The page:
We have been using the condo regularly for the past two years (four times for a total about a month to six weeks each time). Hoagie’s daughter is the only other one to use the place. She comes about once a year for a weekend.

She came down in April to take possession of Mom and Mom’s husband’s car. (That’s another story.) While she was here she cleaned the place out. I’m sure much of it went in the trash. A lot of it she was entitled to and I have no problem with her taking. Things like crystal that was her dad’s should have been removed, but she went well beyond that.

She may have felt all the food stuff was all old and out-of-date, but much of it we had purchased. We had left behind lot of staples that wouldn’t spoil. It’s all gone. When we went home in March, we left a fully stocked house and now nothing is here including toilet paper. At least she left the furniture, but Mom’s dishes, towels, most of the silverware, everything is gone! And we didn’t bring the stuff we knew we left. Things like the toaster, mixer, spices, etc. etc. are missing. We’ll be here for six weeks and we will have to buy lots of essentials.

It’s maddening! I should explain my mother has a “Life Estate” in the condo. It’s a legal term that is written into the deed and says that for her whole life, the place is hers to use (or rent out) or do whatever benefits her. We feel our presence is the best thing for her.

She and her husband jointly owned the condo for a period of time, then she deeded it over to his trust so that eventually it’ll be inherited by his kids (which is only fair), but during her life-time it’s hers to use. The presence of that “Life Estate” provision gives us the right to be here.

But Tuesday our problems didn’t end with the discovery of the missing items.

Let me describe the condo. It has two bedrooms, two baths, a small kitchen, dining area, living room, and then across the back there’s a glassed in “lanai.” Connecting to the lani is a small room normally used as a golf cart garage and next to it a laundry room which has a door leading to a workshop. The golf cart garage was used for storage of lawn furniture and had a couple of cabinets for miscellaneous items. There’s also an extra refrigerator.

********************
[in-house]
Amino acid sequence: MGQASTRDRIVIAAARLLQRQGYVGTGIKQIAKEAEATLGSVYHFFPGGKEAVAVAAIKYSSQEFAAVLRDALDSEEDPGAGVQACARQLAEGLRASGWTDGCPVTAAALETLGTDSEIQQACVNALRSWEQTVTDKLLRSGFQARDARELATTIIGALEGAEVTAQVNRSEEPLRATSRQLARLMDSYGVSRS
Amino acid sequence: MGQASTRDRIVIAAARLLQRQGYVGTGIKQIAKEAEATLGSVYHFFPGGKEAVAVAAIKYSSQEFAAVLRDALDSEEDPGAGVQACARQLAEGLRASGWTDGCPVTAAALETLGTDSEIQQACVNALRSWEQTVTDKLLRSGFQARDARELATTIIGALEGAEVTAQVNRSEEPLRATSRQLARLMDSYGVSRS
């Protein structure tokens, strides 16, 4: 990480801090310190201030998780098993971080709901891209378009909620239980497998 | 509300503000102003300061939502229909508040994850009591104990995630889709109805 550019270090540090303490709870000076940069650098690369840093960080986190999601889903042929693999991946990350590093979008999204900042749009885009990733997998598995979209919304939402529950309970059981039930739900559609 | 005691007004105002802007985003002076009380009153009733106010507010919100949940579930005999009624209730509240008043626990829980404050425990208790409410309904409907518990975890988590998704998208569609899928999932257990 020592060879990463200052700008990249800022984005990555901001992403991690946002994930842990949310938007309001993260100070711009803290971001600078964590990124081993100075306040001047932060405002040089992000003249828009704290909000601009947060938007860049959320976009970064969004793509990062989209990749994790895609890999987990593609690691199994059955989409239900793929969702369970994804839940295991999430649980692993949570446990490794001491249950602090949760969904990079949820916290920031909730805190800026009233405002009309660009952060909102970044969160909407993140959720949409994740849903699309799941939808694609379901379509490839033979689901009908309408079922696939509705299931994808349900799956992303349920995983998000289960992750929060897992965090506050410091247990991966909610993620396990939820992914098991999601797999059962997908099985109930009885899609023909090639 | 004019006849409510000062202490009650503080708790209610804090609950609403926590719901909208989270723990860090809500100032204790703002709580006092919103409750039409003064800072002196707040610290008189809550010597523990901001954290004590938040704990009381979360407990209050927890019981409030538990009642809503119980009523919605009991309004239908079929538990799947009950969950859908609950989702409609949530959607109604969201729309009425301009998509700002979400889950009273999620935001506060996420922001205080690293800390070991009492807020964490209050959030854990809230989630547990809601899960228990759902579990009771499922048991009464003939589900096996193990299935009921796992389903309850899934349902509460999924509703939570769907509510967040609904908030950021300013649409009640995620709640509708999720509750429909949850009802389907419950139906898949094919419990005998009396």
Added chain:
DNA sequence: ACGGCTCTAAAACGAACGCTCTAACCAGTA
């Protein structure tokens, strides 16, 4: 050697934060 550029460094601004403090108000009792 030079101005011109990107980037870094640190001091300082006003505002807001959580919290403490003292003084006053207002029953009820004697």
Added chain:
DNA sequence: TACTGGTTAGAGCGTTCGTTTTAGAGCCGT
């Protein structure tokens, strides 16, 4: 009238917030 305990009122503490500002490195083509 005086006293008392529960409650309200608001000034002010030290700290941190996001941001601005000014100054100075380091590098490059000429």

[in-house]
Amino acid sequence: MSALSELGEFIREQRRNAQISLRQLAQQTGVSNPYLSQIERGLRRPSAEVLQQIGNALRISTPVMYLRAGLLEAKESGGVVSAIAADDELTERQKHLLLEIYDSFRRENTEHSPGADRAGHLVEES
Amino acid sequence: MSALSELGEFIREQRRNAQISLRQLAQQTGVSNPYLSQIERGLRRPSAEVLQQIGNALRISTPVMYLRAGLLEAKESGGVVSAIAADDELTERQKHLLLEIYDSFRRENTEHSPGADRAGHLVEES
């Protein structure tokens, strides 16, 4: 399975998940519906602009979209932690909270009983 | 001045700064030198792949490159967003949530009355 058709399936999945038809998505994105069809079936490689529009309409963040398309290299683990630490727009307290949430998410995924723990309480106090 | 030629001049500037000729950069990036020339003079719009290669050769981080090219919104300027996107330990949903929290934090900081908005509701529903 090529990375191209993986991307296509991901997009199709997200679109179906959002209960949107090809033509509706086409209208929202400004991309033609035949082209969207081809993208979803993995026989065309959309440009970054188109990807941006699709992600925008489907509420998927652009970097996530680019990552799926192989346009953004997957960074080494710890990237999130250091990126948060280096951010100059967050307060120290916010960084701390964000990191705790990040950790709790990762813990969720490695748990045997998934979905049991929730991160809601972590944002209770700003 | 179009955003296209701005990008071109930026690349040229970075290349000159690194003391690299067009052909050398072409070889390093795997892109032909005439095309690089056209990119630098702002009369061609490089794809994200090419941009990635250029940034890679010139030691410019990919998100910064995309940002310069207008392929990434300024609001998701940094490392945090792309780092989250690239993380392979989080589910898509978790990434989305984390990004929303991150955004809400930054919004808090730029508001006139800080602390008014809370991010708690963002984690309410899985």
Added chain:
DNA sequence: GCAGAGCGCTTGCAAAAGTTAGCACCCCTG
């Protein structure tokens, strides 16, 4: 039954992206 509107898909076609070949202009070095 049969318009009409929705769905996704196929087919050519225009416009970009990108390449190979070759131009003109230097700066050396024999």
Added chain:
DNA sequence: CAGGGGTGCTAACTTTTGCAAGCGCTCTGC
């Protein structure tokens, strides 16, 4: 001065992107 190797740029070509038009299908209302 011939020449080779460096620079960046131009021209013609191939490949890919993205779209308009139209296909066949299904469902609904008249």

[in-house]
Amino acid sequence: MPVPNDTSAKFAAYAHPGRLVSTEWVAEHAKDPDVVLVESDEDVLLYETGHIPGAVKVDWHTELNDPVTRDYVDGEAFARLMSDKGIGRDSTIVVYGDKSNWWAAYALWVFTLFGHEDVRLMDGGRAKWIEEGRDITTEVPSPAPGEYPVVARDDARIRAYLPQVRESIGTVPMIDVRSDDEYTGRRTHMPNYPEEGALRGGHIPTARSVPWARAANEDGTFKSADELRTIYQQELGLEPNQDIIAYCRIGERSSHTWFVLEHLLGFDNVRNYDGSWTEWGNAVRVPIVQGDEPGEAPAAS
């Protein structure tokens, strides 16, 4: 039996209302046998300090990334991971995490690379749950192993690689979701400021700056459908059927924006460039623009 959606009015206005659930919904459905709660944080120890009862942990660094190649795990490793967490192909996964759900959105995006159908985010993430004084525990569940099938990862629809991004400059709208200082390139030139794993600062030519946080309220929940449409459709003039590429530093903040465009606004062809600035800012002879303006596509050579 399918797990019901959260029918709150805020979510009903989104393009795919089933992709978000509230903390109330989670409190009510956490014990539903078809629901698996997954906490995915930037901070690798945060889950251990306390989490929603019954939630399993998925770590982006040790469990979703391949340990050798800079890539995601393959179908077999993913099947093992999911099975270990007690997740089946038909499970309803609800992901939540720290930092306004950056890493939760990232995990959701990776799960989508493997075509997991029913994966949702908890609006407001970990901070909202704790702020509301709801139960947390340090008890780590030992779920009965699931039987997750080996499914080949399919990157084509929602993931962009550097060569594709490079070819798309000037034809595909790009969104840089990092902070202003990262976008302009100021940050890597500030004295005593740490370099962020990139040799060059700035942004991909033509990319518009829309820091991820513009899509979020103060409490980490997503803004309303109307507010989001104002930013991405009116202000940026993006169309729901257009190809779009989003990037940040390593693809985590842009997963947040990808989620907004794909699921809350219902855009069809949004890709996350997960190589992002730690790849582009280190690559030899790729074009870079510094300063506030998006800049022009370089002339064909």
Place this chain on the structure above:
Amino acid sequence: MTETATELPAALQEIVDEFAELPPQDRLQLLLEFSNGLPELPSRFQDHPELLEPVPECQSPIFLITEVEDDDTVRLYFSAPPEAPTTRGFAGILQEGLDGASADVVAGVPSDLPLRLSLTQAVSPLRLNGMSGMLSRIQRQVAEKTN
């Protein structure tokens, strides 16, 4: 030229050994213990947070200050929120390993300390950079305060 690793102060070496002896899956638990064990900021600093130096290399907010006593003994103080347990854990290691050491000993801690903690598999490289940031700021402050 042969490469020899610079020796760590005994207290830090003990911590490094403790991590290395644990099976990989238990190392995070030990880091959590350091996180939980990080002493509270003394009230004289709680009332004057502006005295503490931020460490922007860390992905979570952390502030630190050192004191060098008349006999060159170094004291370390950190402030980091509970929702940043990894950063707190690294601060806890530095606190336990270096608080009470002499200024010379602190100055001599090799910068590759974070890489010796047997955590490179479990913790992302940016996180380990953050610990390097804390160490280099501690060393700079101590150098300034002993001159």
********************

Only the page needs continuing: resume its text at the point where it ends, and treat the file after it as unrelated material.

When we opened the sliding doors between the living room and the lanai the overwhelming stench of mold hit us. The lanai isn’t air conditioned but it is carpeted and is arranged like a living area. Normally the door between that room and the golf cart garage is closed, but it was open. The golf cart garage roof had leaked and the place was a disaster. Things had molded all over them. There had been a bag of charcoal but the bag had dissolved! An animal had gotten in and there were feces all over the place. It was sickening.

Then it started to rain hard and the roof in the golfcart garage roof leaked.. not a tiny drip, but like a facet turned on. We brought out buckets and tried to catch it, but the carpet was soaked from previous rain storms.

What a mess.

But we’re here.

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Day Three of our Trip..

We just left Tifton, GA, after enjoying a nice “brunch.” complete with pecan waffles. We had a few showers last evening in Macon, Ga, and now we’re just ahead of huge black clouds that are in the forecast for the area. Hopefully we can out-run them.

We’re wondering if we’ll run into love-bugs. Last September, when we came down, they were really bad near the Florida/Georgia border.

And just what are “love-bugs,” you ask? They’re harmless flying critters that seem to do nothing but mate, multiply into vast hordes, and then aim their duo-linked bodies for your windshield and headlights. Last September the infestation was especially bad. In a restaurant near the Stephen Foster National Park in northern Florida, we asked what they were, and the waitress explained that they are a real nusiance. If not washed from your vehicle, they can corrode the paint. They’re just nasty. She said they sweep them up several times a day. They’re always mating even when they fly, hence the name.

Along the roadway, Georgia has planted a lot of decorative grass. It’s the really tall, heavy tassled stuff. They use it along the highway right of way fences.

So what are our plans while in Florida, beside visiting with Mom? We want to hang out at the pool, go to Rockin’ Rendevous at the South Clubhouse every Thursday (it’s a fun friendly dance), go to the Moose for grouper on Friday nights (it’s fish that’s not as good as Michigan walleye, but not bad), and just take it easy. In mid-October, we need to get busy practicing our holiday tunes for our first Christmas gig at Warmbier Farms on November 4th.


At the 18 mile marker (near Valdosta, GA ) we spotted our first palm trees. Yup, if the ya’alls and grits had convinced us that we’re in the south, we now have visual proof.


The forecast for the Sun City Center area of Florida is for a few days of showers. Hopefully they’ll be spotty enough so we can enjoy the pool.